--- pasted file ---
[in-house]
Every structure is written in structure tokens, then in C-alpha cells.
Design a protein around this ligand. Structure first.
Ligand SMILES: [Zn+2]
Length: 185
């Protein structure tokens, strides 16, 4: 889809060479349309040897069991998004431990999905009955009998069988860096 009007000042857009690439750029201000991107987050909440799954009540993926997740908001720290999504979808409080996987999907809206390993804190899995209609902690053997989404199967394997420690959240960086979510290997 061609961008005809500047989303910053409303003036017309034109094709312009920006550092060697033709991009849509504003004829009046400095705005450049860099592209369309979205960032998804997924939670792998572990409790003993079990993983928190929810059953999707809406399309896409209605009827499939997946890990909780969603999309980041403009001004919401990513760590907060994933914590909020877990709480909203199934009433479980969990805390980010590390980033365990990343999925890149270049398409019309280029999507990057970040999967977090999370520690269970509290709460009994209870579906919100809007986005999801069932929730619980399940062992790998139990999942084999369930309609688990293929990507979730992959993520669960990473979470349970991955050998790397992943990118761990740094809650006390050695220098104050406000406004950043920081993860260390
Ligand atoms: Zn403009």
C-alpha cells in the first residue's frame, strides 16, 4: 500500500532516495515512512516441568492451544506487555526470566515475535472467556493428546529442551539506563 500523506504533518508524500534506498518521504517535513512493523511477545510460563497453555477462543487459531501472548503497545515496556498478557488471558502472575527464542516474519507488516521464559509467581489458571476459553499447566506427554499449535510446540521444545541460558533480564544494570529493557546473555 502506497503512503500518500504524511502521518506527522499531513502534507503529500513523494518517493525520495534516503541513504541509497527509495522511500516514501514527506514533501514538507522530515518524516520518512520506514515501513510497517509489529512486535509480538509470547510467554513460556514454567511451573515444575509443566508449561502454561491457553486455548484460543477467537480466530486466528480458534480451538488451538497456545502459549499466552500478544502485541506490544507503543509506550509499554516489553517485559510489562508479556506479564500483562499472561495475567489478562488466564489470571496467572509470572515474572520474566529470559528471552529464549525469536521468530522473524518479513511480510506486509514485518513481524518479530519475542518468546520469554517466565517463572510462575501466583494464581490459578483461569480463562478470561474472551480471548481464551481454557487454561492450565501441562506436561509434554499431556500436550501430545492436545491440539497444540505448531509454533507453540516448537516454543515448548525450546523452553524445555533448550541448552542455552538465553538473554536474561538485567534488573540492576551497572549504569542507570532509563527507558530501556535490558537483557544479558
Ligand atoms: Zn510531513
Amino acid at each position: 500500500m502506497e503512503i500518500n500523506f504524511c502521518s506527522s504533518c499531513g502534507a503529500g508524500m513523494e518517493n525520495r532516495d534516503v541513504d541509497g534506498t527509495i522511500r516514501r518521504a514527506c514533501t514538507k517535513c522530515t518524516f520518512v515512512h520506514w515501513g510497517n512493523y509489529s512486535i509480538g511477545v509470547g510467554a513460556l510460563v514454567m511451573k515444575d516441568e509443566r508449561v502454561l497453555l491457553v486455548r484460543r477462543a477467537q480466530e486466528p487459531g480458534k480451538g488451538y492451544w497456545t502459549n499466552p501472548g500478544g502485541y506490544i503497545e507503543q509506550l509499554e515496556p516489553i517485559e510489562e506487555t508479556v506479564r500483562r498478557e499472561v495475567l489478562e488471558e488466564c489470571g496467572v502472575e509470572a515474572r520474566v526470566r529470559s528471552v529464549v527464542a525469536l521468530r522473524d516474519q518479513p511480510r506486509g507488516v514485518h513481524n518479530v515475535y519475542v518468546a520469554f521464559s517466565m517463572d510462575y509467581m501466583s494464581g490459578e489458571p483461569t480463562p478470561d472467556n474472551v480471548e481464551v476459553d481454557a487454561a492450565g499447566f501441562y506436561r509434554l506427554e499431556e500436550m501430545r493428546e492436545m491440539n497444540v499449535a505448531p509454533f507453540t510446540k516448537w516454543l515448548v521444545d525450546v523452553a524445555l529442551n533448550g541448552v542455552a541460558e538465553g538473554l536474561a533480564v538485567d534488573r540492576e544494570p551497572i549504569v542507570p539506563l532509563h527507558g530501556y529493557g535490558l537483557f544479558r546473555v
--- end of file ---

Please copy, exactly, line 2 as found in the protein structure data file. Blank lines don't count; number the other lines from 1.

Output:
Every structure is written in structure tokens, then in C-alpha cells.